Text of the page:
Best Buildings for Watching NYC Marathon, November 6

Share Article Editor Carter B. Horsley Reveals “Top 10 Manhattan Apartment Buildings for Viewing New York City Marathon”

In anticipation of the New York City Marathon, scheduled this year for Sunday, November 6, CityRealty Editor Carter B. Horsley announced his list of the top 10 apartment buildings for viewing the world famous event.

“More inspirational than most parades and street fairs, the New York City Marathon has become an international event in which viewers cheer on thousands of runners representing nations throughout the world,” points out Mr. Horsley. “But for those lucky enough to be in any of these 10 buildings, they are also treated each year to birds-eye views of the best of human strength, athleticism and competition.”

Considered a leading authority on New York City apartment buildings, Mr. Horsley’s storied career includes reporting about architecture and real estate for such publications as The New York Times, The International Herald Tribune and New York Post.

Top 10 Manhattan Apartment Buildings for Viewing the New York City Marathon

1. The Sovereign, 425 East 58th Street -

From this 47-story behemoth, spectators will watch runners enter Manhattan as they descend the Queensboro Bridge. Although the building’s enormous bulk startled the Sutton Place community when it was erected by Sigmund Sommer in 1971, it actually helped to serve as a noise buffer from bridge traffic. It was also quite distinguished looking because of its stepped plan, landscaping and strong horizontal banding. With 370 large apartments, this co-op building is one of the city’s largest luxury towers, and its views remain fantastic.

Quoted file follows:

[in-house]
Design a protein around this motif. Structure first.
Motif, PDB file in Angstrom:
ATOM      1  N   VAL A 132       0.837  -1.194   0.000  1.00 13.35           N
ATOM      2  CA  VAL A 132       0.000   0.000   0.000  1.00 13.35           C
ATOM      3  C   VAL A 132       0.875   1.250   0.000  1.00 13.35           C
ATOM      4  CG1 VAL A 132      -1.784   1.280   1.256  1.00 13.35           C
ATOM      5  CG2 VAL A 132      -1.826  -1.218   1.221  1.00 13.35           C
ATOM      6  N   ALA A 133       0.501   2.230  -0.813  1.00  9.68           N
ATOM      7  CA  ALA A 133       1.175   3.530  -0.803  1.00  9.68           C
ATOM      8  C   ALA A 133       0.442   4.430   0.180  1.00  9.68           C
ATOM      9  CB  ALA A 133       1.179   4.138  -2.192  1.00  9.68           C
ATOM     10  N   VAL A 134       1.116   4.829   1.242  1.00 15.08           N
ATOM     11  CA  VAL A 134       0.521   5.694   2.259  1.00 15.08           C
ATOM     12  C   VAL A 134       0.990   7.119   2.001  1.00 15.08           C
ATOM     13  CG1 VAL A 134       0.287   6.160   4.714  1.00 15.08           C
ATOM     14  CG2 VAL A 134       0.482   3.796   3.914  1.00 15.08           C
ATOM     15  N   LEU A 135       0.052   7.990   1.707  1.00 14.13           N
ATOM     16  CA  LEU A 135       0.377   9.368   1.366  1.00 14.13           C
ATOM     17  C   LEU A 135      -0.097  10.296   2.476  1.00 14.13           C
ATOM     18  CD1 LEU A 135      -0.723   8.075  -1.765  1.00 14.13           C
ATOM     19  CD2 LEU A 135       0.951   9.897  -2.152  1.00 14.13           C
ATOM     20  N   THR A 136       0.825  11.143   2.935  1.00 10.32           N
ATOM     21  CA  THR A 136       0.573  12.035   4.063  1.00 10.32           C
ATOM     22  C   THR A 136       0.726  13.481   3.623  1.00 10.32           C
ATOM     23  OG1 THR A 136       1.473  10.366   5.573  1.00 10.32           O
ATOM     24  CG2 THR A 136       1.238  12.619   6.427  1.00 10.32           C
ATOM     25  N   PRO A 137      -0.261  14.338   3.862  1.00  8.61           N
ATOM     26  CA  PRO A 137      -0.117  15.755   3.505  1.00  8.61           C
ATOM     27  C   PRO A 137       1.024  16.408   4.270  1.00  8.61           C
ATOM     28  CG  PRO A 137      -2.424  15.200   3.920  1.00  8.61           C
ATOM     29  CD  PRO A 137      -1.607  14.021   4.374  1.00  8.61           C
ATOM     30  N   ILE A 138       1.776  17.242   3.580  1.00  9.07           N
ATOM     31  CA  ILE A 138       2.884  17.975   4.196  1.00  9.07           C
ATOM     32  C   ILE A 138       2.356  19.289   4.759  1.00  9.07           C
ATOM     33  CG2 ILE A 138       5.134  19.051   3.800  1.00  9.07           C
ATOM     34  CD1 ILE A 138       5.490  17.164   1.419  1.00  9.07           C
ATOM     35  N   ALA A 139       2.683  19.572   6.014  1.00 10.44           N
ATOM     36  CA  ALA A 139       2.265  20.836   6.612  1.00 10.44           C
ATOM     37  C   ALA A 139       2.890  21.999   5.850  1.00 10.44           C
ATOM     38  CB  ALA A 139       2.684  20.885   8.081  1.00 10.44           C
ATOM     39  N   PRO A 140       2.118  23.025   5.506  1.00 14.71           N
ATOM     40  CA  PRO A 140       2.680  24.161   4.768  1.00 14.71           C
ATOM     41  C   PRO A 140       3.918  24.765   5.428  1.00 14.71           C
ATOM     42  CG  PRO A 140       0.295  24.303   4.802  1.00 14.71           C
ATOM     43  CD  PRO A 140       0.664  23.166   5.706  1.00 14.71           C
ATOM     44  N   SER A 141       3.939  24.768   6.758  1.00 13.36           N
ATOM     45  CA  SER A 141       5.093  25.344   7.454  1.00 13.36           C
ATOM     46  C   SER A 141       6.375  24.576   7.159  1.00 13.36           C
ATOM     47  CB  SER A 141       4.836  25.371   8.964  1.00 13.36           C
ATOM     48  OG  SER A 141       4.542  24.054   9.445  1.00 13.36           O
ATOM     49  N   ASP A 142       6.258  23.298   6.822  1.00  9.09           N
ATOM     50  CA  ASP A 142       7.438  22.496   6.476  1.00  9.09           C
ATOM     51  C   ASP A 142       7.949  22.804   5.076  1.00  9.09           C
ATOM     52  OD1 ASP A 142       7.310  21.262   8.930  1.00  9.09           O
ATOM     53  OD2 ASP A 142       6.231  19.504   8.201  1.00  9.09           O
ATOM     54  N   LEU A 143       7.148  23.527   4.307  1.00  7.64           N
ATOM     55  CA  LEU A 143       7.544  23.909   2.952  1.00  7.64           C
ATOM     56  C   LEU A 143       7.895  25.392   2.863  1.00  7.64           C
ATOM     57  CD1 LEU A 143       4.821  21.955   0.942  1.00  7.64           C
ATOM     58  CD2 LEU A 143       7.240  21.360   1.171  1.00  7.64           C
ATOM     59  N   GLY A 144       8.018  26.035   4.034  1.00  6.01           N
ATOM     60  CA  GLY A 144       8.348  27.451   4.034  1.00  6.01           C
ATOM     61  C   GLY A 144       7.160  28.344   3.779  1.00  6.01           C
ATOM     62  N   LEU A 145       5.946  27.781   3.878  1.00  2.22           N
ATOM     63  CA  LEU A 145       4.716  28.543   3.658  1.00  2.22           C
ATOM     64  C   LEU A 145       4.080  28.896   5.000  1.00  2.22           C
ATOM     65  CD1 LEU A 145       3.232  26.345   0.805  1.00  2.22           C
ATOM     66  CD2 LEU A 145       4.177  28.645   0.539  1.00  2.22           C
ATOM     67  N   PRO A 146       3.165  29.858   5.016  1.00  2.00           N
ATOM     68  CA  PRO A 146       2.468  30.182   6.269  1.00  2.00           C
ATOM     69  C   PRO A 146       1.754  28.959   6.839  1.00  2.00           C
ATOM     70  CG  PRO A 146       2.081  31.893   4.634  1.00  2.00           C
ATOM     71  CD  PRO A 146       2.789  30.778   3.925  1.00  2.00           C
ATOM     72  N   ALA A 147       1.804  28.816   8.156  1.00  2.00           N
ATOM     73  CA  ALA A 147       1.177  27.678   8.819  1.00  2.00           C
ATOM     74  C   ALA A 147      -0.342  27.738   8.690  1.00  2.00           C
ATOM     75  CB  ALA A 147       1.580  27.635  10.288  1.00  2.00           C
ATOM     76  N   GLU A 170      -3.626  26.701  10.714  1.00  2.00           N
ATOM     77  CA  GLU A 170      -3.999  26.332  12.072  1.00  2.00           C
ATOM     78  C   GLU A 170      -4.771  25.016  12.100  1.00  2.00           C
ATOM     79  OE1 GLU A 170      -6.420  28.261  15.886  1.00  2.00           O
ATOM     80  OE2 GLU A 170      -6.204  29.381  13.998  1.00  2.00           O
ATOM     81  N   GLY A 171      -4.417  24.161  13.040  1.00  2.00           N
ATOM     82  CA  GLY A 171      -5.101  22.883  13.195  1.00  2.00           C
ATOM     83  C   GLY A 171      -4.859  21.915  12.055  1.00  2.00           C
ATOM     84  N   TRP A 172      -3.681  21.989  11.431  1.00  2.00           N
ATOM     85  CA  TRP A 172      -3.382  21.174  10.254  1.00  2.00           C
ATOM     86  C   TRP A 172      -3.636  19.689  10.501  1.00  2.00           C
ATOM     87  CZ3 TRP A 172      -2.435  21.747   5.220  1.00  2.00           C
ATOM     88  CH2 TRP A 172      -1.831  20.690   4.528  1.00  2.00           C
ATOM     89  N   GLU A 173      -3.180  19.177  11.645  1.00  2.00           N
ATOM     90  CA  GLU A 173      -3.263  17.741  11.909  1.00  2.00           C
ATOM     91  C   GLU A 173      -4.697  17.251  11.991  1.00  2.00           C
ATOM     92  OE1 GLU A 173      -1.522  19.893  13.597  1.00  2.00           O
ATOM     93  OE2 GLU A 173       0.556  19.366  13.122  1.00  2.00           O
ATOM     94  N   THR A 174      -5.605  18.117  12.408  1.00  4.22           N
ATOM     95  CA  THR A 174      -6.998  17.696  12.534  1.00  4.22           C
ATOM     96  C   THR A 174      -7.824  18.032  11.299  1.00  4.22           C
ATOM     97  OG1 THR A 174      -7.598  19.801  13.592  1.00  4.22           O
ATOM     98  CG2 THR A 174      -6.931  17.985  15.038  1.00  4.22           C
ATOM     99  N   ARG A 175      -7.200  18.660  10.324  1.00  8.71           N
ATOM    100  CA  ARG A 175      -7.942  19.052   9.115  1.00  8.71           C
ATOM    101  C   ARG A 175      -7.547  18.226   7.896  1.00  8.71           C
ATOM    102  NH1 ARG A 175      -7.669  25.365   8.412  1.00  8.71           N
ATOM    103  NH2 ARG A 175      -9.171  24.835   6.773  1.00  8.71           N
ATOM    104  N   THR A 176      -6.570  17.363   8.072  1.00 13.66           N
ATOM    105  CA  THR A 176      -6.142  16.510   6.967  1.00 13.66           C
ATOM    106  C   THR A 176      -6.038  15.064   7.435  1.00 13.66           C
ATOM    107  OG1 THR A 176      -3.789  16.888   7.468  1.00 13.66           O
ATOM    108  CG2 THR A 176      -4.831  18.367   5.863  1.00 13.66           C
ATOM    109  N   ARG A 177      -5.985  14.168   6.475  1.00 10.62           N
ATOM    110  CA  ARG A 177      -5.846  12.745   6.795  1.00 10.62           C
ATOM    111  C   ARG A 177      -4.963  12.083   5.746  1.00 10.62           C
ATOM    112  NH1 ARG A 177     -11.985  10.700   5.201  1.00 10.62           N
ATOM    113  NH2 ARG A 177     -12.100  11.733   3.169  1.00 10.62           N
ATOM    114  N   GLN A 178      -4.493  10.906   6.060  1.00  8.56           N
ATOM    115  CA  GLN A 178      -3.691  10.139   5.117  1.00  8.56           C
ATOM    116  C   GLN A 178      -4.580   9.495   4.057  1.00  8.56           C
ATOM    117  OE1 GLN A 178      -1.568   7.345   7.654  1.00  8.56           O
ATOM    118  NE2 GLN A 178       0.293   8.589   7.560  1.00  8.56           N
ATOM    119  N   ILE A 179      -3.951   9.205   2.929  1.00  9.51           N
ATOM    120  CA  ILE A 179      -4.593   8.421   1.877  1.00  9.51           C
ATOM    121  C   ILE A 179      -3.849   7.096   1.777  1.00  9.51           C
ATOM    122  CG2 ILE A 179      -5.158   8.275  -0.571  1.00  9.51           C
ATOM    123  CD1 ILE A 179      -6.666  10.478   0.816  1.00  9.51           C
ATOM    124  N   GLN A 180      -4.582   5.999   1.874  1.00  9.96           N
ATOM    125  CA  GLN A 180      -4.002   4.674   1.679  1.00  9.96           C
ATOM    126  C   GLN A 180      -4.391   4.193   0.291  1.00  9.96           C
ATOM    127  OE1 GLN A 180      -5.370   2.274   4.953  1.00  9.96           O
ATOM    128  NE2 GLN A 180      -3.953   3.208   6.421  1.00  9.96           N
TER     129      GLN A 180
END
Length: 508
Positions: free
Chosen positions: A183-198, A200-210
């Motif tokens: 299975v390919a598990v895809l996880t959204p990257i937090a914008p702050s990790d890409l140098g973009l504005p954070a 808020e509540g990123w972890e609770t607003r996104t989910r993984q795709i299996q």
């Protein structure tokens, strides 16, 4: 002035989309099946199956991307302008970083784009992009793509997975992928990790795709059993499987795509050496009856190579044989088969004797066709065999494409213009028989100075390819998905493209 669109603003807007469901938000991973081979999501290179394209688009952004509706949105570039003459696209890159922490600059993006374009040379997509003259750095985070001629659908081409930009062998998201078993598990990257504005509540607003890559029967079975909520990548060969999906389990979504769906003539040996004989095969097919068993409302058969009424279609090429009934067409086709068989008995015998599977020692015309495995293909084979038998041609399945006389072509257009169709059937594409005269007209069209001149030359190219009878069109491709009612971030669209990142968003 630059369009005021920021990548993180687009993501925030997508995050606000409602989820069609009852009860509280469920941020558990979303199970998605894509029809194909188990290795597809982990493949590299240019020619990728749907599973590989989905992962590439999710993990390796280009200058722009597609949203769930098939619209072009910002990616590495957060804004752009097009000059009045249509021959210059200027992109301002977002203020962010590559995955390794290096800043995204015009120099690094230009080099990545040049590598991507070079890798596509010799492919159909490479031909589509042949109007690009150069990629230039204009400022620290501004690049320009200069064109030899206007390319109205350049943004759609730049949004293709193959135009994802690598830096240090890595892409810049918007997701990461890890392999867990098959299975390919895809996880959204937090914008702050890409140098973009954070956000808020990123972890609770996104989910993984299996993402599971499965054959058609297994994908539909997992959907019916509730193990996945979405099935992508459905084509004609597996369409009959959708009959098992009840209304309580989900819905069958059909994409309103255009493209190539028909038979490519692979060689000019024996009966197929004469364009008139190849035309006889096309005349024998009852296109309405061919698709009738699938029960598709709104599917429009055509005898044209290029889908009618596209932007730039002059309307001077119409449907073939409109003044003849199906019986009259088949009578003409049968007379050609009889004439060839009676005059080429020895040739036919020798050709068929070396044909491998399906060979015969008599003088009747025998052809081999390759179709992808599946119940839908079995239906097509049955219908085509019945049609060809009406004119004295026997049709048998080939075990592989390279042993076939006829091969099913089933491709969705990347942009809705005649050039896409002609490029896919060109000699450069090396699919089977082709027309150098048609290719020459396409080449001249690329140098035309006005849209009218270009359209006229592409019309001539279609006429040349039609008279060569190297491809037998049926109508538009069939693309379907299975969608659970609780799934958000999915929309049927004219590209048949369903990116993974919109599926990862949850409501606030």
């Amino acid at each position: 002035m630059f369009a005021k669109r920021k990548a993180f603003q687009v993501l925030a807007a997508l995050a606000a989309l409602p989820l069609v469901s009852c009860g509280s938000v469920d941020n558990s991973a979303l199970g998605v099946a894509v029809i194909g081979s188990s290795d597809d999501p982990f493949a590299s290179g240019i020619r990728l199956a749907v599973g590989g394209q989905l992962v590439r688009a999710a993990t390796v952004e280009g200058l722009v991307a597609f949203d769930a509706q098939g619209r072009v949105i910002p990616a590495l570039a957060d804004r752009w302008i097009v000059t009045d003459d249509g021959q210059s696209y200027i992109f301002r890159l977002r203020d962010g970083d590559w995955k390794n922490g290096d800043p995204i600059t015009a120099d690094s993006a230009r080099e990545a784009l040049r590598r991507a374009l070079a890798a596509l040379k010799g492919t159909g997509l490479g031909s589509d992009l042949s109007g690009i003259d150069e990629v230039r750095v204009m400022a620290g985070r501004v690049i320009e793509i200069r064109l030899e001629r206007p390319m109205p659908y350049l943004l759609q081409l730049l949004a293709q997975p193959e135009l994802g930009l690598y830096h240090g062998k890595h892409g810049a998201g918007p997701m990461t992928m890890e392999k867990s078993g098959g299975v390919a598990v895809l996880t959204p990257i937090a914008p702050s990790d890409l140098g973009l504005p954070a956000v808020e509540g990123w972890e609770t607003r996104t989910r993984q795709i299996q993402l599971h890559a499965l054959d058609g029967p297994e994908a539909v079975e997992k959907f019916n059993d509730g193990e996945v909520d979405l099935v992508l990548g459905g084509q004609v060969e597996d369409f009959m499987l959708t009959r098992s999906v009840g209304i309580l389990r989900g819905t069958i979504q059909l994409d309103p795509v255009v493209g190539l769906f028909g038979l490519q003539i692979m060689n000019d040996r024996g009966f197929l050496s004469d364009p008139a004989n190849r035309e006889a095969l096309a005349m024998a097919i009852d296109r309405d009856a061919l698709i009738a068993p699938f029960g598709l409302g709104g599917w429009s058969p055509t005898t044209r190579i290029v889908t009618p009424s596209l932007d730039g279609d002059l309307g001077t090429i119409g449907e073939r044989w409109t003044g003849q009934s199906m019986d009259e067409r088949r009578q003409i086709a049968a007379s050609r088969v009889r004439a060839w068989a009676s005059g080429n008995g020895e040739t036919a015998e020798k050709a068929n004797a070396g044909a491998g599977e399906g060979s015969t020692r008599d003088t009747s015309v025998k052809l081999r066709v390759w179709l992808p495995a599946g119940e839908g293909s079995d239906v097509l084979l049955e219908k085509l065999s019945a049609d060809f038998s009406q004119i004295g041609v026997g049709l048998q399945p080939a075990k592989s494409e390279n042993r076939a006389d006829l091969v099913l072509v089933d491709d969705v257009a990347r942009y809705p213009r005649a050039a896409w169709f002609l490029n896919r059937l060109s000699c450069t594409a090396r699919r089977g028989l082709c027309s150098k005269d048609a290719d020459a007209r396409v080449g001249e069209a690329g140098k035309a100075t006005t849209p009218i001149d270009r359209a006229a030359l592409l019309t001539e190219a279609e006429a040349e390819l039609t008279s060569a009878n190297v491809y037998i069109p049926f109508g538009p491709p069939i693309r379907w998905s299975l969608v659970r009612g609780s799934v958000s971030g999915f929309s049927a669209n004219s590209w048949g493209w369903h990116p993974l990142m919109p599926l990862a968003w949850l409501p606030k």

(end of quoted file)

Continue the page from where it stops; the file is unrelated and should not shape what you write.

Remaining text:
2. Bridge Tower Place, 401 East 60th Street -

This 38-story tower, completed in 2000 by the Brodsky Organization, offers a view of runners turning up First Avenue. A condominium building with 218 apartments, Bridge Tower Place relates in no way to its surroundings, but its bold glass facade is pleasantly patterned and bright.

3. Evans View, 303 East 60th Street -

With a similar vantage point, Evans View is one of the city’s delights due to its little, pitched red roof. The design by Gruzen Samton Steinglass and Abraham Rothenberg is very sharp, crisp and clean. Completed in 1985, this 40-story condo was developed by Aaron Green and has only 157 apartments because it is quite skinny. Evans View is by far the most attractive residential tower in the vicinity of the Manhattan approach to the Queensboro Bridge.

4. The Landmark, 300 East 59th Street -

What’s in a name, one might ask. In this case, wishful thinking, as this 30-story building is definitely not a landmark. The handsome, clean cut, 220-unit apartment tower, which was converted to a cooperative in 1983, is a cut above most of those of its generation, but it is not an architectural gem. Its real claim to historical importance is that in 1971 it was the first major new tower to be erected at the Manhattan entrance to the Queensboro Bridge.

5. Brisbane House, 1215 Fifth Avenue, at 102nd Street -

After navigating the Bronx, runners head south along Fifth Avenue, passing the 15-story Brisbane House. This neo-Romanesque structure was built in 1929 by Arthur Brisbane and designed by Schultze & Weaver. The building has a four-story limestone base with a large arched window above the attractive, canopied entrance. The arched first floor windows have slightly indented top corners, a subtle touch. It was converted to a cooperative in 1978 and contains 62 apartments.

6. 1107 Fifth Avenue, at 92nd Street -